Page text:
Jackie Grzebin is one of seven people profiled in the Five Feet High and #Rising documentary which set out to tell the stories of those impacted by Hurricane Irma's historic and catastrophic flooding. The documentary airs Thanksgiving at 5 p.m.
“Having to put this kind of additional money into it, it’s extremely difficult.”
Like a lot of San Marco merchants, Jackie Grzebin didn’t have flood insurance. The 25 inches of water that swamped the Flame Broiler restaurant put her eight employees temporarily out of work, and cost her dearly.
“A low end [estimate] is about $20,000. A high end is about $45,000. Just in fridges, it’s $8,000. If I have to replace my bathroom door: $700. New trash can? $450. You know, so it adds up quick.”
Expenses come on top of lost revenue, which mounted each day the doors were shut. The location would lose about four weeks of sales, but still had to make payroll for displaced employees. After just a year and a half in business, Jackie says. “Having to put this kind of additional money into it, it’s extremely difficult.”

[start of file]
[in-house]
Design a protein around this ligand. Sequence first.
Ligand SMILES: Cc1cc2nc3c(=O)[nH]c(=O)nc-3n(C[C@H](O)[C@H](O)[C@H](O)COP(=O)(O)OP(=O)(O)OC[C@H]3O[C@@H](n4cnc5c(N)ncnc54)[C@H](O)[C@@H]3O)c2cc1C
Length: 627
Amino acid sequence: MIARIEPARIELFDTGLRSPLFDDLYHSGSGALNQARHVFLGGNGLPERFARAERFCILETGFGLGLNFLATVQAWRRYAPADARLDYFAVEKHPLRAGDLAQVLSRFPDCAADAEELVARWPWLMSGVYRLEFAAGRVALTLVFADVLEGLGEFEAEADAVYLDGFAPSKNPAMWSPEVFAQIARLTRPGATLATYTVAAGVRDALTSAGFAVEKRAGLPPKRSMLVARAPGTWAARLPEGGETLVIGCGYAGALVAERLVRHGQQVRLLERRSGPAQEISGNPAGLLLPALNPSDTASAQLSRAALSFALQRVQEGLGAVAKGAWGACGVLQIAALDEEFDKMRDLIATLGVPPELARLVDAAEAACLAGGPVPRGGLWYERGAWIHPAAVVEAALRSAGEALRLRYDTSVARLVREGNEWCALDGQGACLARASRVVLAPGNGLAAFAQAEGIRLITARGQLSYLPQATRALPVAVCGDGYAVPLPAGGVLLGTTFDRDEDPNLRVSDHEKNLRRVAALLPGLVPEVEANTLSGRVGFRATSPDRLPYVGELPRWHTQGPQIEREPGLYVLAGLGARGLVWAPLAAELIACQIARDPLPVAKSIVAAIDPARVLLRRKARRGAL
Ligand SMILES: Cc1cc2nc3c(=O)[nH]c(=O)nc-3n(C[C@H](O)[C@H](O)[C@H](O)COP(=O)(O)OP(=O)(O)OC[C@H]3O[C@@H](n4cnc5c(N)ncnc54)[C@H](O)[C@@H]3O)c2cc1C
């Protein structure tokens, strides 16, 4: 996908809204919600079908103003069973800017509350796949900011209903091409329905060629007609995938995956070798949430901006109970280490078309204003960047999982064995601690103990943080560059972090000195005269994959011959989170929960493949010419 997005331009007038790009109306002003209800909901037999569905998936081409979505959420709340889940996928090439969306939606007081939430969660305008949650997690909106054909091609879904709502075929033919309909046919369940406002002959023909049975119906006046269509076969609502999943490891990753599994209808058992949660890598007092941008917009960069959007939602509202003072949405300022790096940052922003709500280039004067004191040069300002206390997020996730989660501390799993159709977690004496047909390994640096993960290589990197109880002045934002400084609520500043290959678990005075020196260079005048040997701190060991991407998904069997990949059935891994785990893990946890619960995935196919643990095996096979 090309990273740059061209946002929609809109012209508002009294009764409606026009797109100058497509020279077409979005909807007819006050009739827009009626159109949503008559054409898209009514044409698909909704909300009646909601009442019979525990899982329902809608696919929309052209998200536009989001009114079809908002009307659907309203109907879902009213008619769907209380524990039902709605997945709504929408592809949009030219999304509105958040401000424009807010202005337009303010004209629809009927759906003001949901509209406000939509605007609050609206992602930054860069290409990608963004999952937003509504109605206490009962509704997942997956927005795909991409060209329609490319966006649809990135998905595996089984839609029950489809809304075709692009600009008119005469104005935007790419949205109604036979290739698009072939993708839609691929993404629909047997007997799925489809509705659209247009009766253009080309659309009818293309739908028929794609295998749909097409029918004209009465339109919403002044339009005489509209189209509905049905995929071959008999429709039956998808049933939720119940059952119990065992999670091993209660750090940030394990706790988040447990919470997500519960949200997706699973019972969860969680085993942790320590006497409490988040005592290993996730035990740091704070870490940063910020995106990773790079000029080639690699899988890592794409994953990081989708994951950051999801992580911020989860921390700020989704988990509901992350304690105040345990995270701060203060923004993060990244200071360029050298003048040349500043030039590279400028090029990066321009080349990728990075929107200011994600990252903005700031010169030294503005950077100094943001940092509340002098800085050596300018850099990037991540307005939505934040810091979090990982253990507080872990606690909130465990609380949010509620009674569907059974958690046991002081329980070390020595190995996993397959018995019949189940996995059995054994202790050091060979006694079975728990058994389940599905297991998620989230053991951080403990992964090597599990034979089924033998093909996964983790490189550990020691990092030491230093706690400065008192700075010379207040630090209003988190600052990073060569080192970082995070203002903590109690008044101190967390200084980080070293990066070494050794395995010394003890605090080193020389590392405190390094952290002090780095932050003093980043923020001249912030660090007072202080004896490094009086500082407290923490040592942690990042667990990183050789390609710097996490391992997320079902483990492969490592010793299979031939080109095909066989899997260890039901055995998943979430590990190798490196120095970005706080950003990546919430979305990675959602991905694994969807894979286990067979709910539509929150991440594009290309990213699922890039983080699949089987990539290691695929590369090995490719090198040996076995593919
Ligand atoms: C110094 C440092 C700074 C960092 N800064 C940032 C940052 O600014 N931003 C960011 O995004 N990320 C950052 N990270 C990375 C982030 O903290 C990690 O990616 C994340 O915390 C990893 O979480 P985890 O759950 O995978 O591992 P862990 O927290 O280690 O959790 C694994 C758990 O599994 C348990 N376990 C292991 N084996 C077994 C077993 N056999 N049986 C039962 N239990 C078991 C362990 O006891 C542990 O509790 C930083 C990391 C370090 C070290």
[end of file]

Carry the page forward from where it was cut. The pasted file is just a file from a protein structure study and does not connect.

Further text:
But the flood was as emotional as it was economic, even for business owners.
“Mentally is beyond even something to discuss,” Jackie says. “It’s horrific. Every time I’ve talked about it before today, I’ve cried. I’m crying now.”
As she talks, a customer walks in, wrongly believing the restaurant has reopened.
“That’s my fourth customer today, and it’s almost worse,” Jackie says, after turning him away. “It’s nice that they’re still coming and hoping that we’re here, but it’s really disheartening.”